Today about 27 out of 36 states are owing workers’ salary due to fall in oil revenue, what is your reaction?
That is very unfortunate. It is sad. A labourer as the saying goes deserves his wages. If the 36 states have not been over too dependent on the central government in Abuja, this ugly situation would have been averted. The states should have been inward looking instead of going cap in hand to Abuja every now and then to solicit for fund. States as autonomous structures within a federal structure should be less dependent on the Federal Government. They should have avenues for generating revenues.
So, what is the way out of the quagmire? Is bail-outs from the Federal government the answer?
It is very simple. States should look for ways to boost their Internally Generated Revenue (IGR) . Other states should emulate a state like Lagos which generates about N30 billion IGR monthly. There is no state that is empty but our over-dependence on oil over the years which made us to become lazy is now having a boomerang effect on us.
States should also go back to Agric. We should go back to farming. We should start mass production of cash crops like palm-oil, groundnut, rubber and cotton. If we do that, states will become financially buoyant. States should also endeavor to exploit for commercial purpose mineral resources within their domains.
Some people have accused some state governors of not being prudent in the management of monthly allocations they get to run their states, what is your view?
There is a need for monitoring of how issues relating to finance are being utilized by state governors. The anti-corruption agencies can be strengthened and empowered to monitor governors on their spending habit. Anyone found to be corrupt can then be put on trial after serving out his term. There is need for financial sanity in our system.
Another aspect I want us to address is the issue of local government autonomy. Autonomy of local government should be respected. Many state governors have tampered with LG’s autonomy. They divert funds meant for development in local government areas to other uses. This is not only illegal but also unconstitutional.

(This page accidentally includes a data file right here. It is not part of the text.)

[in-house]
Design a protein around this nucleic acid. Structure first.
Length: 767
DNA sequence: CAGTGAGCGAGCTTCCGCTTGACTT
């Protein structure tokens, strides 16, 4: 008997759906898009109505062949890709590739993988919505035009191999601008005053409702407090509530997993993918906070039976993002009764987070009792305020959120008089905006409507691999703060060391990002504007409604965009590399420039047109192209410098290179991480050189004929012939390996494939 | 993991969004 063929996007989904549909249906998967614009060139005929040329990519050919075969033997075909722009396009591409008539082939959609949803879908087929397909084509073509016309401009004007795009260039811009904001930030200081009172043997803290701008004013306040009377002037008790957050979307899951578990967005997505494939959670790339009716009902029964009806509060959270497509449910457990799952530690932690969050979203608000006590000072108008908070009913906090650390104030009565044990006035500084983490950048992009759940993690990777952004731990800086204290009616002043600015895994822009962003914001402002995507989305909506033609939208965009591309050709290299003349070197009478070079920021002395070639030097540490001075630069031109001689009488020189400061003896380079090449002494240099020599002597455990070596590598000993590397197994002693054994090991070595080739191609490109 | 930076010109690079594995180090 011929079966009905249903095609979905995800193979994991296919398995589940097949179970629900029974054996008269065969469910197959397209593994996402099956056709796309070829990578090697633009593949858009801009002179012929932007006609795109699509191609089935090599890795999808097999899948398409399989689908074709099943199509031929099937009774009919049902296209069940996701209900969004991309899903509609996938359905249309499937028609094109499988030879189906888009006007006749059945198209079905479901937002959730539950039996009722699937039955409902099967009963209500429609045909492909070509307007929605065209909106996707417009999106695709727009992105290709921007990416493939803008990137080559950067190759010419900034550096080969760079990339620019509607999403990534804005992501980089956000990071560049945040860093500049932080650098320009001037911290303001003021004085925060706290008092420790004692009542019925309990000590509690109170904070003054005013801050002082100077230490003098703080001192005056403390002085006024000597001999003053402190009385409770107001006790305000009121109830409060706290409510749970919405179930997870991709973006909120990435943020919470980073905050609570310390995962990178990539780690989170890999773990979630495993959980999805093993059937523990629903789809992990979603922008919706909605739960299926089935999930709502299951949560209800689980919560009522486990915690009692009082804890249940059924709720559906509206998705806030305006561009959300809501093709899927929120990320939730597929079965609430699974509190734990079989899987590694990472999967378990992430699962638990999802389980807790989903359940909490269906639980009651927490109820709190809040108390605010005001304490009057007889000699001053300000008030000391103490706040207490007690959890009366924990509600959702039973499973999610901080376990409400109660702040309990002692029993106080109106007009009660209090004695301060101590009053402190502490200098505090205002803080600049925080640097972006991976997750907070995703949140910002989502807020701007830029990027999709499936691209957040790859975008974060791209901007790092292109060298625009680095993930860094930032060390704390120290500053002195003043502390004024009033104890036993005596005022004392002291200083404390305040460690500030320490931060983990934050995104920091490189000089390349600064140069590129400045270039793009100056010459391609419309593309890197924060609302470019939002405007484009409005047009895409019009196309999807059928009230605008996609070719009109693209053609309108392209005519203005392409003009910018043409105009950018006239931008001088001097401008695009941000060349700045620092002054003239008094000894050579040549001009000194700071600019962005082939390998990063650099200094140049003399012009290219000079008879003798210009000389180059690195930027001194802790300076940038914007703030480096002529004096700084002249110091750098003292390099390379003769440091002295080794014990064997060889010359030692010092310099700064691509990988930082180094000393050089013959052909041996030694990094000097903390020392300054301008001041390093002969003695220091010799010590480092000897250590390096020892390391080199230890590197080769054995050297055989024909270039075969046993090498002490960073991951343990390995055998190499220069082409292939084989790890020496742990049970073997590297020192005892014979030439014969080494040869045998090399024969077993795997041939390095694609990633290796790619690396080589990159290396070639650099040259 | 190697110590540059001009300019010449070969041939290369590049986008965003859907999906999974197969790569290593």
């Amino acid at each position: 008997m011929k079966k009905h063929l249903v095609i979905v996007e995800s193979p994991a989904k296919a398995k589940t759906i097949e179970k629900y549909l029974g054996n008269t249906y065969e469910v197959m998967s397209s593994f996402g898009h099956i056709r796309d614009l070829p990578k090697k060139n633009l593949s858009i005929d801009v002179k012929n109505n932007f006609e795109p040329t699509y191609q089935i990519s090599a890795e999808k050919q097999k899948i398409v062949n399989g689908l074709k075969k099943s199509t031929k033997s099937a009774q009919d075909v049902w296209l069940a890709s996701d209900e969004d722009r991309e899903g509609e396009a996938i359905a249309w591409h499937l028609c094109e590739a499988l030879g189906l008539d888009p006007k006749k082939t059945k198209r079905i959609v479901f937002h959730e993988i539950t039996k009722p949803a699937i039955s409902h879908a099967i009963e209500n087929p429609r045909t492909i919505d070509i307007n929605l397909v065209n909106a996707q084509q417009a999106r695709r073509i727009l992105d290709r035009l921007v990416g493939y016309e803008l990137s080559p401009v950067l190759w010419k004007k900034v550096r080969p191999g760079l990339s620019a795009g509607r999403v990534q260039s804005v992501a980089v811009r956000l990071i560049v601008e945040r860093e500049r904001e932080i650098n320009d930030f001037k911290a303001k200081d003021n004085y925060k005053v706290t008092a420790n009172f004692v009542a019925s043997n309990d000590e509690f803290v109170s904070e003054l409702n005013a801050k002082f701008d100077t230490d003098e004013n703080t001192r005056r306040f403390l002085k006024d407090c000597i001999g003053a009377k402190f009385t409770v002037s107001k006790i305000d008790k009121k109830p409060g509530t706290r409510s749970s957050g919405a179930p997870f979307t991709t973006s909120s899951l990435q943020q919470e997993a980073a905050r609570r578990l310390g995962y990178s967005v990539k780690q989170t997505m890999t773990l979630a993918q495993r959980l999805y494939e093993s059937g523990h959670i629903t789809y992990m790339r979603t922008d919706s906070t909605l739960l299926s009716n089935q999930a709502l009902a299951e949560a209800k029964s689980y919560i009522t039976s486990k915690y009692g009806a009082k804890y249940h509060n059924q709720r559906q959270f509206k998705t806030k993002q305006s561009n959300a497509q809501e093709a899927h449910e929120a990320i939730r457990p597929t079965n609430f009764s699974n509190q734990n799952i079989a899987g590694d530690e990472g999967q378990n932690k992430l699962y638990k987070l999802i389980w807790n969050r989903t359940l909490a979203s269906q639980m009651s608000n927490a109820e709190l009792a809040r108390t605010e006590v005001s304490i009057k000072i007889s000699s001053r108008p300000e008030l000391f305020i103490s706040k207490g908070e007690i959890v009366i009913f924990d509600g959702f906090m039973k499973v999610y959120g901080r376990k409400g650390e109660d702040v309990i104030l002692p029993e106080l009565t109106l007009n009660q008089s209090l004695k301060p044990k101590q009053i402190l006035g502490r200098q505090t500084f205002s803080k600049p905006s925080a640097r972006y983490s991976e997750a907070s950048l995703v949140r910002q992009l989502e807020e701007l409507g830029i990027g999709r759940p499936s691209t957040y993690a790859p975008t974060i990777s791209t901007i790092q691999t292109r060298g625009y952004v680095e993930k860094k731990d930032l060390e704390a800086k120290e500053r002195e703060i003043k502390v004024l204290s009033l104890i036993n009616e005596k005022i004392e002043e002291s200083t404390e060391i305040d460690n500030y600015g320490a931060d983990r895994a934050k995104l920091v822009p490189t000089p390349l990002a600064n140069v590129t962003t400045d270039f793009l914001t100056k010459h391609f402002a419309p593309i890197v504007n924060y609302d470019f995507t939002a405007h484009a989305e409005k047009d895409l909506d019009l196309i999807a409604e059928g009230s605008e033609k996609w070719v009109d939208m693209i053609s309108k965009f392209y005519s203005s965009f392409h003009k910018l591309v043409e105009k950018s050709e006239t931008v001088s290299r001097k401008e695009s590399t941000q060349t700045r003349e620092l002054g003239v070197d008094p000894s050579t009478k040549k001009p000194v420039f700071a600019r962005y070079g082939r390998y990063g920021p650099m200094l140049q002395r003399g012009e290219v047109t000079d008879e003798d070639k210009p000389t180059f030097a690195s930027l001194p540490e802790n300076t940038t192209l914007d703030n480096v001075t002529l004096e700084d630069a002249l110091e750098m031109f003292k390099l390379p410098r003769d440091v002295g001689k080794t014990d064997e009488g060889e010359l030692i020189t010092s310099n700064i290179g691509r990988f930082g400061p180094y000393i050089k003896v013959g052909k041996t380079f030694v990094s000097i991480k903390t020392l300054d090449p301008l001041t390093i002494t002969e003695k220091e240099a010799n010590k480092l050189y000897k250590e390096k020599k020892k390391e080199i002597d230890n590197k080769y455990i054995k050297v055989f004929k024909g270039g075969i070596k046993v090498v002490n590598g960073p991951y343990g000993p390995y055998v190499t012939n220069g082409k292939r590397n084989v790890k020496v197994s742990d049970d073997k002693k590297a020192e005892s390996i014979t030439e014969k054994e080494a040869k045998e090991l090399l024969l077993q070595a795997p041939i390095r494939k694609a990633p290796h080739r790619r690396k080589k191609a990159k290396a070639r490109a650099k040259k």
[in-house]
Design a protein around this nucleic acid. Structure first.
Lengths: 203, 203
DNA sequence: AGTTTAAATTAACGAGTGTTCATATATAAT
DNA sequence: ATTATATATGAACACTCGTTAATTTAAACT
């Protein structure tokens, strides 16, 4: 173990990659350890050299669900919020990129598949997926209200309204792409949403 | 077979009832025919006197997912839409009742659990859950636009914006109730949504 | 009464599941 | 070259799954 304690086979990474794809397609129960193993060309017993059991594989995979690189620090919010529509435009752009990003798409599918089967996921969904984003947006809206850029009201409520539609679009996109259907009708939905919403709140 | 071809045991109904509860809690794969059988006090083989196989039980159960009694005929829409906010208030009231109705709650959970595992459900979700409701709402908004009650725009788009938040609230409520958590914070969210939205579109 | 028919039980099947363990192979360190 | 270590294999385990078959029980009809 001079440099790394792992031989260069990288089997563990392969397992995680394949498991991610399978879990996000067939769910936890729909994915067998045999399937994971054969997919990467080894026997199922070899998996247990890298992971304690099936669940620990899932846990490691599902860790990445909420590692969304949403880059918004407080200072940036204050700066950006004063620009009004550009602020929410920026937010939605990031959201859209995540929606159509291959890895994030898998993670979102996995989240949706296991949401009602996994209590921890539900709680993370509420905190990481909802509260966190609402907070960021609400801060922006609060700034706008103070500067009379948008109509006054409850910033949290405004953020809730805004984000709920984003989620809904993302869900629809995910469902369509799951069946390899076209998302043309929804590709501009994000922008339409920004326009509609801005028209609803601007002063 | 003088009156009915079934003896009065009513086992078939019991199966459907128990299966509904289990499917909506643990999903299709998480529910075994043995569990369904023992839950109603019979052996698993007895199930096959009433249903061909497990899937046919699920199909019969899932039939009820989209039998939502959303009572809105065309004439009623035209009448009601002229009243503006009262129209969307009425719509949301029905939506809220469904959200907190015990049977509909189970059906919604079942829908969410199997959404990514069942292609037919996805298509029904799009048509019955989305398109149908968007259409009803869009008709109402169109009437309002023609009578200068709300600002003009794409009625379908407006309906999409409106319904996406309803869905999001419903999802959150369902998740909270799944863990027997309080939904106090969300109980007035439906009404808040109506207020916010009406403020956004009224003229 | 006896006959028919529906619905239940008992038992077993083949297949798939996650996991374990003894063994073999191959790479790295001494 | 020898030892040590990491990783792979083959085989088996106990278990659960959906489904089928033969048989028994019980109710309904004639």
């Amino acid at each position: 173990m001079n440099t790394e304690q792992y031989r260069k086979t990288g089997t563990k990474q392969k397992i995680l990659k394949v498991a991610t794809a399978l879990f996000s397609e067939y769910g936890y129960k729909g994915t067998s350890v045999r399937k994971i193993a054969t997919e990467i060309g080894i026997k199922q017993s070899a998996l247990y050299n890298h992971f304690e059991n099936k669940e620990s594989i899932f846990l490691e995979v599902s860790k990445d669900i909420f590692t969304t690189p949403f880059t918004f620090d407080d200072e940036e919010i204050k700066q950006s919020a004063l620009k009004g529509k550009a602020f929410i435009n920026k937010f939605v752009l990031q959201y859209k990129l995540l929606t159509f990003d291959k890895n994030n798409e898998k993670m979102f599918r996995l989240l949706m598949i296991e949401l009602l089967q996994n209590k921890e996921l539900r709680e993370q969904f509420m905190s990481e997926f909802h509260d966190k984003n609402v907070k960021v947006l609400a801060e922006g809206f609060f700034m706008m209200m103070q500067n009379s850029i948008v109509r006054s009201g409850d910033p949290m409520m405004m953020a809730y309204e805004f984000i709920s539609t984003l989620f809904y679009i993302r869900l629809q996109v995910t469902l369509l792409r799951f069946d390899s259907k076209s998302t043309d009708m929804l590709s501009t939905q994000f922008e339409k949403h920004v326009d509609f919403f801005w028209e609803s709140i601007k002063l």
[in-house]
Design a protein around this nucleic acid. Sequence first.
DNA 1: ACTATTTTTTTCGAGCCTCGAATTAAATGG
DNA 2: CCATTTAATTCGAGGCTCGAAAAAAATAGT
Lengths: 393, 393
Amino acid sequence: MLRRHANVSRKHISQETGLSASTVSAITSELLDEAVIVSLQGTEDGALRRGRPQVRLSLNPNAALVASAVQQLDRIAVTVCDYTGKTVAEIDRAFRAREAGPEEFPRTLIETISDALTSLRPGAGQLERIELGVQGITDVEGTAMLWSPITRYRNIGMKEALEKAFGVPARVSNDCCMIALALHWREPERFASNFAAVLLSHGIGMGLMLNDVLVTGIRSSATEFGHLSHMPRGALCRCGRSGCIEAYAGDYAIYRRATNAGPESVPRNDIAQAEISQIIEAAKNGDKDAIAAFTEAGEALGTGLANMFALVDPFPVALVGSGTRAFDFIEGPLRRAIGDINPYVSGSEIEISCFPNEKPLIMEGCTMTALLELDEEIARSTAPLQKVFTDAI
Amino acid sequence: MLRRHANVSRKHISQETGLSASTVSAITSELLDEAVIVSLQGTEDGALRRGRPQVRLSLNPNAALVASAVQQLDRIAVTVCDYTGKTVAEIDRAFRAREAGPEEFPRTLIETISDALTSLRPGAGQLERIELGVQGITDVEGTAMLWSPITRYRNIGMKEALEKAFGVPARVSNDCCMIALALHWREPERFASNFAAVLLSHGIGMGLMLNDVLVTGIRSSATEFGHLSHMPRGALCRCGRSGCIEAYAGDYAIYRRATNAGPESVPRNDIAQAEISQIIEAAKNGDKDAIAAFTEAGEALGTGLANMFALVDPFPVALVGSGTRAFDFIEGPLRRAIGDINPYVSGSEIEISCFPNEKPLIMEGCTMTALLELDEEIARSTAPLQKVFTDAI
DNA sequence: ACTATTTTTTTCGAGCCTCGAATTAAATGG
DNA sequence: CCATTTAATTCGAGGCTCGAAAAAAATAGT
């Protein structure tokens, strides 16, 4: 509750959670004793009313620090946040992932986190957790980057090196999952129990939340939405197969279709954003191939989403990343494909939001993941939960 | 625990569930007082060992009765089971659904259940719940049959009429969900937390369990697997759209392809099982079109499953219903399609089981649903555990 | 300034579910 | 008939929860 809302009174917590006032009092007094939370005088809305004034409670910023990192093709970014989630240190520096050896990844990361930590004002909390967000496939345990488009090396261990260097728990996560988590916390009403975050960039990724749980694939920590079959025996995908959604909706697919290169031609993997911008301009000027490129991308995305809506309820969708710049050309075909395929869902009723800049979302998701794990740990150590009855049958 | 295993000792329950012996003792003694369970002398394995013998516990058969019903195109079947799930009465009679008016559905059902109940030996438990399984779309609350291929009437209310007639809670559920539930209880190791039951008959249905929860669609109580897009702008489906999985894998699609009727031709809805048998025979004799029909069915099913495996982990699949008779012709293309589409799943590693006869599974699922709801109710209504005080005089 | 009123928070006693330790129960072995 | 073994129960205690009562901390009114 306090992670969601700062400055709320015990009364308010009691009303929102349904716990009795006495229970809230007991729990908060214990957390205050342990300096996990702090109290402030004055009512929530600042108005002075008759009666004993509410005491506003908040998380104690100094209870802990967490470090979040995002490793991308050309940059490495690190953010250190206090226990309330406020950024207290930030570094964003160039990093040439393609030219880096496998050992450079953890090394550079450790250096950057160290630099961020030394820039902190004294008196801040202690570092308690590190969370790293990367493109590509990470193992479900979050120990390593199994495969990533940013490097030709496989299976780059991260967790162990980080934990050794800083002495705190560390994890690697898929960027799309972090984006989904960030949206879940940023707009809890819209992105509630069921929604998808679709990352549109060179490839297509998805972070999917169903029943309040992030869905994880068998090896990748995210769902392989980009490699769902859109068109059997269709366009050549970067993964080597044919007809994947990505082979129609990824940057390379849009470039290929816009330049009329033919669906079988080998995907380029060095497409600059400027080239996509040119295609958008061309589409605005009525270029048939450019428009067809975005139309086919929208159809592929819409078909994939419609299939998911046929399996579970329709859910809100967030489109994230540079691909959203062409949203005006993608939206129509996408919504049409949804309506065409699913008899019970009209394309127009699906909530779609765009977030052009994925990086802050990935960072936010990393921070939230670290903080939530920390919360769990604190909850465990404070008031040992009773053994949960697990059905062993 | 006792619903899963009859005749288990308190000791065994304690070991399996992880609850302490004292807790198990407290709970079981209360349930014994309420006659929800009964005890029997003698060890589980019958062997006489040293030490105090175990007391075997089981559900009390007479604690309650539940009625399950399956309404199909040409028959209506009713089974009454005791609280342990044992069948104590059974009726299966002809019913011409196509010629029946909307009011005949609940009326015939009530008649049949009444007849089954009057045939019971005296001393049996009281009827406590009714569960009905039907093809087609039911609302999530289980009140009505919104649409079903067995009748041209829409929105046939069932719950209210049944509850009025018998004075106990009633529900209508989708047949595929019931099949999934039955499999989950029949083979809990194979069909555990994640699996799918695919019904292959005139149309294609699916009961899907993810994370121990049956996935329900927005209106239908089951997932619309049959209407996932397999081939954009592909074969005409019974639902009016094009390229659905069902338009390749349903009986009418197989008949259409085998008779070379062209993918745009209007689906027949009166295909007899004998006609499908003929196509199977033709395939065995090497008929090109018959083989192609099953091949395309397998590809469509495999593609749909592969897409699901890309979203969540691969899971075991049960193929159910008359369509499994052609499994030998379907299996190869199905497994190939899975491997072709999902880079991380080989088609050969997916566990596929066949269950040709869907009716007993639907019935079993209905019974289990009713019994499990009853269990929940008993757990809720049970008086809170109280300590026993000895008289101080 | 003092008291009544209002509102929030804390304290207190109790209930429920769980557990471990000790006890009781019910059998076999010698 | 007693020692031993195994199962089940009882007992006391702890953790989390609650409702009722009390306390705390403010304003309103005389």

The issue of what should be done with recovered looted funds has also become subject of debate, in your own view, what do you think should be done with the money?
Part of the money should be used to fix the epileptic power sector. If the power sector stabilizes, a lot of other things would be okay. Companies and factories that have been moribund will bounce back to life, and job opportunities will be created. A lot of things that were dead before will come back alive. Part of the recovered looted fund can also be injected into the economy to help as part of efforts being made to pull the nation out of economic recession.
What is your assessment of the war against corruption by Buhari’s government?
It is a right step in the right direction. Looters are regarded as economic saboteurs. They should not be treated with kid gloves. Apart from recovering money they stole, they should also be sanctioned, at least to serve as a deterrent. There are penalties in our law for looters. However, the trial of suspects must be seen to be free and fair. They must be given fair trial.
One thing I however want to emphasize is that government needs to put measures in place to address problems of hunger, poverty, and unemployment. Nigeria is a blessed nation, we only need the right leaders to help us attain greatness.
How can Nigeria attain greatness?
We need a new crop of leaders who are selfless and dedicated. We need leaders who will no longer see public officer as an avenue to loot but just only to serve. Nigeria is destined to be great, we need men and women of honour who will henceforth see public office as an avenue to serve and not to loot public treasury.